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Summer is here! This season signals a time for outdoor fun and leisure, but anyone who’s lived here for even one summer knows the heat can be outrageous. The combination of temperature and humidity are enough to make the most seasoned Floridian pause.

Heatstroke is a serious concern when we get in the midst of Florida’s summer, so it’s important to know the causes, symptoms, prevention, and treatments.

Heatstroke Causes and Symptoms

Heatstroke is caused when the body gets overheated. This is typically the result of prolonged exposure to high temperatures, as well as physical exertion in these conditions. Heatstroke can happen if your core body temperature rises to 104 F (40 C) or higher.

Here are some additional causes. These actions should be minimized or avoided in hot weather:

  • Strenuous activity. Exercising or working in hot weather needs to be moderated with regular breaks and hydration.
  • Wearing excess clothing. This prevents you body from cooling itself efficiently.
  • Drinking alcohol. Alcohol hinders your body’s ability to regulate its temperature.
  • Insufficient hydration – when outdoors you should have water nearby at all times.

There are several signs of heatstroke. Here are some things to look out for and be aware of:

  • Slurred speech, confusion, irritability, and seizures, are early signs of heatstroke.
  • In heatstroke brought on by hot weather, your skin will feel hot and dry to the touch.
  • In heatstroke brought on by strenuous exercise, your skin may feel dry or slightly moist.
  • Nausea, vomiting, headaches, flushed skin, racing heart rate, and rapid breathing are all symptoms of heatstroke.

Prevention and Treatment of Heatstroke

Heatstroke can happen to anybody. While the heat isn’t necessarily avoidable, there are things that you can do to manage it.

Here are some things you should know that can help you prevent heat stroke:

  • Age increases your risk. In the very young and very old, the central nervous system is not at full strength. Both age groups also have difficulty remaining hydrated, which also increases risk.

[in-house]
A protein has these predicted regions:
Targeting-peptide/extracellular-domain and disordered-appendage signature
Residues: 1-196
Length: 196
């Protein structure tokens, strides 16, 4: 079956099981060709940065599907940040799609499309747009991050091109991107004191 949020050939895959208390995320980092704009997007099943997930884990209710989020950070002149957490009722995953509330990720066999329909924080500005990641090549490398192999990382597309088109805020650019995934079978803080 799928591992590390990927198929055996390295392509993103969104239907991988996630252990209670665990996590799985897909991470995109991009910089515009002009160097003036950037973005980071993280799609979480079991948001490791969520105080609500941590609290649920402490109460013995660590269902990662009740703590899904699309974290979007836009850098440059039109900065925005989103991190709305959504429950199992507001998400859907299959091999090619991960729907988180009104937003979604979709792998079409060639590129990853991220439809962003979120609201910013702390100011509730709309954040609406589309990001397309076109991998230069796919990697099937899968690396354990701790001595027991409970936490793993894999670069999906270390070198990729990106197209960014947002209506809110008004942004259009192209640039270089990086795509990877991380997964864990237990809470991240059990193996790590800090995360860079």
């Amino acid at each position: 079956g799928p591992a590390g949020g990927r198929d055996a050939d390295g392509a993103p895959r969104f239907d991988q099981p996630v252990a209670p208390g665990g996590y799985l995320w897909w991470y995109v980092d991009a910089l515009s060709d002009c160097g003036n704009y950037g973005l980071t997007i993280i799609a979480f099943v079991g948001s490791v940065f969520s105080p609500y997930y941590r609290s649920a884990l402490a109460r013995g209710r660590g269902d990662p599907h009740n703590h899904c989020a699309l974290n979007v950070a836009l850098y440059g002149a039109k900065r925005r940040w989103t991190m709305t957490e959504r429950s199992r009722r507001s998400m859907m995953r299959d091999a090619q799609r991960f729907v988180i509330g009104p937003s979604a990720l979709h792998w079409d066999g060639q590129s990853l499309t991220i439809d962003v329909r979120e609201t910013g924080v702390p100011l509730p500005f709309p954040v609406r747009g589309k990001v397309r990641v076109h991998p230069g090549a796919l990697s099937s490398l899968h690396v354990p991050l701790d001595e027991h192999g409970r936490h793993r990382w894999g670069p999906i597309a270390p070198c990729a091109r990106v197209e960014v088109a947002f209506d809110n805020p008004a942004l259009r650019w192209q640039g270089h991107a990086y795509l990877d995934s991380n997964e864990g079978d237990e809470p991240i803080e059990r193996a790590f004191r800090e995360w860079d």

• Exertion in hot weather puts you at immediate risk. Know your physical capabilities and hydration needs. Wear loose-fitting, lightweight clothing, and protect yourself against sunburn.
  • Sudden exposure to hot weather can trigger a more unexpected heat stroke. It’s important to acclimate to changes in temperature.
  • We rely on air conditioning more than we might realize. Fans can help, but during long periods of hot weather, air conditioning is the most effective way to cool down and lower humidity.
  • Certain medications affect your ability to respond to heat and stay hydrated. Ask your doctor if any of your medications narrow blood vessels, regulate blood pressure, rid your body of sodium and water, or reduce psychiatric symptoms. Some of these medication types can put you at further risk.
  • Certain health conditions put you at higher risk. Heart or lung disease, obesity, or having a history of previous heat stroke all contribute to your vulnerability.

Heatstroke cases require emergency treatment. If untreated, the effects of heatstroke can damage your brain, heart, kidneys, and muscles. The damage becomes worse if treatment is delayed, and it can increase the risk of serious complications and even death. If you believe someone is experiencing a heatstroke, call 911 to seek medical help.

Here are some things you can do to help while you wait for emergency services:

  • Take steps to cool the person who is overheated. This includes getting them inside, removing unnecessary clothing, and placing water or cold objects on their head, neck, groin, and armpits.
  • If the person is able to drink liquids, give them cool water or other cold beverages that do not contain alcohol or caffeine.
  • Monitor body temperature with a thermometer and continue cooling efforts until the body temperature drops to 101 to 102 F (38.3 to 38.8 C).

Have fun this summer, but stay safe.

BHA is a partner aimed at Advancing Community Health. If you’re looking for a new primary care physician, women’s health practitioner, or pediatrician please visit our website for a list of locations and services provided throughout Brevard County. Brevard Health Alliance is Brevard County’s only Federally Qualified Health Center.

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